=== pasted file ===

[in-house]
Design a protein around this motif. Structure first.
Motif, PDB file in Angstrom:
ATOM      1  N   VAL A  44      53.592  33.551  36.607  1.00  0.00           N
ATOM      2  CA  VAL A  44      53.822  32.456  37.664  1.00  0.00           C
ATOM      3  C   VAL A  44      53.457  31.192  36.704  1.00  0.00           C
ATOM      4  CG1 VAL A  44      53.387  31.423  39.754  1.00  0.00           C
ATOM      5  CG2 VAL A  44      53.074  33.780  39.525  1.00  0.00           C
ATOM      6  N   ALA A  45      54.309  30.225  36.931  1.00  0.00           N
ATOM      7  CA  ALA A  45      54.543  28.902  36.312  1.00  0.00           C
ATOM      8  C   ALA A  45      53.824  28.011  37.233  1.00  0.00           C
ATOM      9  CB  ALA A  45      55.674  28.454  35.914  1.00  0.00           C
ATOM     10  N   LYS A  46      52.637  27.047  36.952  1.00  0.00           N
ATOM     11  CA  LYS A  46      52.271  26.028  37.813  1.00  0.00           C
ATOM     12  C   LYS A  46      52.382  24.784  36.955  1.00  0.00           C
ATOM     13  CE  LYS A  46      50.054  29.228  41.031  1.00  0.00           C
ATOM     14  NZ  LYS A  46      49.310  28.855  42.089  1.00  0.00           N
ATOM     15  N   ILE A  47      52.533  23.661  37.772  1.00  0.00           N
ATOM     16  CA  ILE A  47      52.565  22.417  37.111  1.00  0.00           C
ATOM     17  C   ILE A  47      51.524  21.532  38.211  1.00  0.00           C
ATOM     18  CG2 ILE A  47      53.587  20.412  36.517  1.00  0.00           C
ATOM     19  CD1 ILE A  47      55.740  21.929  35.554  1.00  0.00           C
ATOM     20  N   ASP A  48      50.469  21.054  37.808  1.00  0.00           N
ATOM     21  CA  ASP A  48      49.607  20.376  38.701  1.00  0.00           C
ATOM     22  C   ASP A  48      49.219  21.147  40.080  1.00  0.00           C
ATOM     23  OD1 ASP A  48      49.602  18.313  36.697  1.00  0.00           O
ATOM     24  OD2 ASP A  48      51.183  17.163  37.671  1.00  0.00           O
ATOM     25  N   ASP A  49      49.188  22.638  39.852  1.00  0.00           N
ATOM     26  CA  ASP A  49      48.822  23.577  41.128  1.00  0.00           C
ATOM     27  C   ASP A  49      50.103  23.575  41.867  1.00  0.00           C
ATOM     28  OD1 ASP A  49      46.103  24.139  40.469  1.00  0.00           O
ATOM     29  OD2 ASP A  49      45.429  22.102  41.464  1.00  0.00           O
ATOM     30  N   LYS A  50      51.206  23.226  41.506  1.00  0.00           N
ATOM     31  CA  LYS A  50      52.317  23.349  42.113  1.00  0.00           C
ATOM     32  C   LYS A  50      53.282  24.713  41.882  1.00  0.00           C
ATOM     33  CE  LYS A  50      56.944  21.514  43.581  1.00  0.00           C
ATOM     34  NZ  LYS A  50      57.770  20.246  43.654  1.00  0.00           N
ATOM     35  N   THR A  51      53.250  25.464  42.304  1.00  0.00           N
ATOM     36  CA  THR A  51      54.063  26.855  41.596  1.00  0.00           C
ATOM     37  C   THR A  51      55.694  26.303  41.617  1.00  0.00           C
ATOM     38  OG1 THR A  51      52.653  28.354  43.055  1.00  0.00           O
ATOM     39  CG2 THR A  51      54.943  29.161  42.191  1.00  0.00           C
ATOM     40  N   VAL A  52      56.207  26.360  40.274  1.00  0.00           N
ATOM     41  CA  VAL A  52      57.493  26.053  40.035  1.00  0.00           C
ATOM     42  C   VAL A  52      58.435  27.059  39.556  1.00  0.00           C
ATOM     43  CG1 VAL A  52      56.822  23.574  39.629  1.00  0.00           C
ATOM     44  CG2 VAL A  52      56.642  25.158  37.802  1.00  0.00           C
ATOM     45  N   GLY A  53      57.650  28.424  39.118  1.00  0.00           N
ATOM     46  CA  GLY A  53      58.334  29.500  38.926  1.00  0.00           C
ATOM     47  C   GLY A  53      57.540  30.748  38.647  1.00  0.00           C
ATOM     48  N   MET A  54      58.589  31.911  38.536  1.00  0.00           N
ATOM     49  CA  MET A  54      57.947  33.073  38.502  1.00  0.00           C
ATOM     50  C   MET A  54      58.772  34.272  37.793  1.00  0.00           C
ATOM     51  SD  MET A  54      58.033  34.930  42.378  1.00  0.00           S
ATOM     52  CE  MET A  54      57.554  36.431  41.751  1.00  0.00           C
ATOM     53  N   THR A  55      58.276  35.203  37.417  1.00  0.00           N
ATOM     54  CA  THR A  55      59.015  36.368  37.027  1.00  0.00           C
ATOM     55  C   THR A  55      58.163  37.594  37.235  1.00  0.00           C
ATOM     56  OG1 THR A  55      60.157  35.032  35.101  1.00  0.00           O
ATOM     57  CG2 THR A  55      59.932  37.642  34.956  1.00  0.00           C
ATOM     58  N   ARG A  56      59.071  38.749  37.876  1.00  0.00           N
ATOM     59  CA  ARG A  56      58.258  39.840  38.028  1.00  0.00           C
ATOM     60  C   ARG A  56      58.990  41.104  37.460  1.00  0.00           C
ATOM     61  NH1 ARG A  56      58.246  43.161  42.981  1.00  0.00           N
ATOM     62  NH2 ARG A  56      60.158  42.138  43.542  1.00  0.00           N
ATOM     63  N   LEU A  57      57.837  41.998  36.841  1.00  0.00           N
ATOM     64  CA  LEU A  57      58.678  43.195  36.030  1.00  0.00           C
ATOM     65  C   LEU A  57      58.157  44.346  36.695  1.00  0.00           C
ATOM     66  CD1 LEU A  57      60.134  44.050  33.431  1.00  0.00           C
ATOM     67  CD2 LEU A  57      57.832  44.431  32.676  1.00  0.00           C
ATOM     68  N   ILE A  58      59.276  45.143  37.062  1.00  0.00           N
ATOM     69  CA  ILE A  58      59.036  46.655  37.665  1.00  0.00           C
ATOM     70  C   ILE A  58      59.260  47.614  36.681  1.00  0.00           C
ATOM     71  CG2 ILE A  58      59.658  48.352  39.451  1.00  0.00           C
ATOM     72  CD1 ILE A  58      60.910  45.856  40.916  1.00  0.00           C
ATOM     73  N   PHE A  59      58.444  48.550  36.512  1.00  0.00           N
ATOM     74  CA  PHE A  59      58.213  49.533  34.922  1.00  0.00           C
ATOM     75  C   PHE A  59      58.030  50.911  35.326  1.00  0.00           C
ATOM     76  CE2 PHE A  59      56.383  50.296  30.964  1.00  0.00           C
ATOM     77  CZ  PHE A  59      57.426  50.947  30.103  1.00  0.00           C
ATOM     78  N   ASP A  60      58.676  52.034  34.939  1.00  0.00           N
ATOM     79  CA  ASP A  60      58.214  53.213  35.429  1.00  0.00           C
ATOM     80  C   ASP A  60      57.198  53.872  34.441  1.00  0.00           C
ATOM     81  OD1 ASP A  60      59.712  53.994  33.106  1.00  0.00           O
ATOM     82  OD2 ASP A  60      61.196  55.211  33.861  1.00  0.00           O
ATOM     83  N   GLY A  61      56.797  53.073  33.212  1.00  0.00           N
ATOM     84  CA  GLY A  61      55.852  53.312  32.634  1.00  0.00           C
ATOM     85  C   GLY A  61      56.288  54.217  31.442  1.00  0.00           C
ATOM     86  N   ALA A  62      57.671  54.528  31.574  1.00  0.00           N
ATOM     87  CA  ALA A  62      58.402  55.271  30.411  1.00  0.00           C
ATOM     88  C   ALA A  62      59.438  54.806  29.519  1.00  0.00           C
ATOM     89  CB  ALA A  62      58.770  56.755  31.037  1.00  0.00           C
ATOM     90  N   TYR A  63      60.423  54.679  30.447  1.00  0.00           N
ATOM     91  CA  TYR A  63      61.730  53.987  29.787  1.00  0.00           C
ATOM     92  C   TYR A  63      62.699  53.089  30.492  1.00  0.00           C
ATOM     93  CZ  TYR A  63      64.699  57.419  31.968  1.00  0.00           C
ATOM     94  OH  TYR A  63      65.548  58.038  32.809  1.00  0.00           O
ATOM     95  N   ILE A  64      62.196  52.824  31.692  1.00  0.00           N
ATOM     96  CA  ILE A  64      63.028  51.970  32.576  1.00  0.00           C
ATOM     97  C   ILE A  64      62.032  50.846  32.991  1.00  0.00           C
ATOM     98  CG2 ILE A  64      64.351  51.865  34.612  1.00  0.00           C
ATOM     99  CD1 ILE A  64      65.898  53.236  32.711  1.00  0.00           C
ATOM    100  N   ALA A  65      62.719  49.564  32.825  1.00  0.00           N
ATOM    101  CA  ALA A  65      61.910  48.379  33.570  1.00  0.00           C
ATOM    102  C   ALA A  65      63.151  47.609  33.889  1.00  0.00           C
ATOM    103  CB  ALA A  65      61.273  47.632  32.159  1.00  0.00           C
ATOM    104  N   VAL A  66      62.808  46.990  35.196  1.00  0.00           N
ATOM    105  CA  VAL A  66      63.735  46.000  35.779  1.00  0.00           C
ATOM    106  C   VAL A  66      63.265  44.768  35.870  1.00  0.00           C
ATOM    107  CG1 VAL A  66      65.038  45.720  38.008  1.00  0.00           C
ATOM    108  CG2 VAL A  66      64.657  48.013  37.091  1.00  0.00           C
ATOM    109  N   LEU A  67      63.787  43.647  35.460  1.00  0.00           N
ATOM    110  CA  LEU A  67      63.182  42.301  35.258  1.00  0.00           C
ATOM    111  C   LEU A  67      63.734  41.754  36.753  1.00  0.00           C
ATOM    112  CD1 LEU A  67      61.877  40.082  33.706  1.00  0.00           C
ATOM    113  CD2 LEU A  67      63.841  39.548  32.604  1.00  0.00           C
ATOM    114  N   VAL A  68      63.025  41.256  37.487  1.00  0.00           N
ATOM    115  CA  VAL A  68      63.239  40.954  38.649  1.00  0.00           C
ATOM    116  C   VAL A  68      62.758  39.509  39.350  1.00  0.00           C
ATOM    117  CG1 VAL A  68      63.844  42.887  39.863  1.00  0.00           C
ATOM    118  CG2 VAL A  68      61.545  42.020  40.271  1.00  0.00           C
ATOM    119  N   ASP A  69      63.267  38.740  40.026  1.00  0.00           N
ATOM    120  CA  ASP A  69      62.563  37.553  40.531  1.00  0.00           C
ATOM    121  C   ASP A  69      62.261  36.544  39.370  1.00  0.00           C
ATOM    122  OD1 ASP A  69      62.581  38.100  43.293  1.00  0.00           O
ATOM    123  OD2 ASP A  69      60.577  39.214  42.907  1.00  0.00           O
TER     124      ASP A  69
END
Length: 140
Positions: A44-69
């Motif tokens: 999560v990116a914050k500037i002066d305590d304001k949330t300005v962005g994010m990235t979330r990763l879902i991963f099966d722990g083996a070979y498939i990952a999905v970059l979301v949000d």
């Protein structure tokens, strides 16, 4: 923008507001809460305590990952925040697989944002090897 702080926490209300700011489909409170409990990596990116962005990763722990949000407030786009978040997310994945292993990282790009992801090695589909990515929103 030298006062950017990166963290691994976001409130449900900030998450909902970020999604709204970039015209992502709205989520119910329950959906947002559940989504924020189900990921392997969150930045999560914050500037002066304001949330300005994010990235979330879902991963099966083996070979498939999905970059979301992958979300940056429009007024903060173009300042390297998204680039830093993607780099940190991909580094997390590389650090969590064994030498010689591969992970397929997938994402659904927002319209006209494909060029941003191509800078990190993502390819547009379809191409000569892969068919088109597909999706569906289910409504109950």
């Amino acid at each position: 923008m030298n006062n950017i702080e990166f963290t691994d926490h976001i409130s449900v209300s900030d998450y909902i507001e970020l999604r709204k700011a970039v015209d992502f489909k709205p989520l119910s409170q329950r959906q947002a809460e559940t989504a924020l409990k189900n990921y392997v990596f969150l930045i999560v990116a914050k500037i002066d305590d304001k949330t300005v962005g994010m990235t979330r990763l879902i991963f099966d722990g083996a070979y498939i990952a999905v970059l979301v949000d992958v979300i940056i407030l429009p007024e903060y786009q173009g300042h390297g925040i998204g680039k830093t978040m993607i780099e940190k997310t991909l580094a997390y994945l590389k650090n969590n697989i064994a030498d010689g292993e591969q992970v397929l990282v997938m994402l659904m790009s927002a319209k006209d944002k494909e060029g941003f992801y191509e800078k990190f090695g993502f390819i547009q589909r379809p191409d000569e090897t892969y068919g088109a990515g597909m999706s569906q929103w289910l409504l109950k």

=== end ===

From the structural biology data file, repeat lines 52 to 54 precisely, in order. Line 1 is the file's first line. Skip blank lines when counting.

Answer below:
ATOM     49  CA  MET A  54      57.947  33.073  38.502  1.00  0.00           C
ATOM     50  C   MET A  54      58.772  34.272  37.793  1.00  0.00           C
ATOM     51  SD  MET A  54      58.033  34.930  42.378  1.00  0.00           S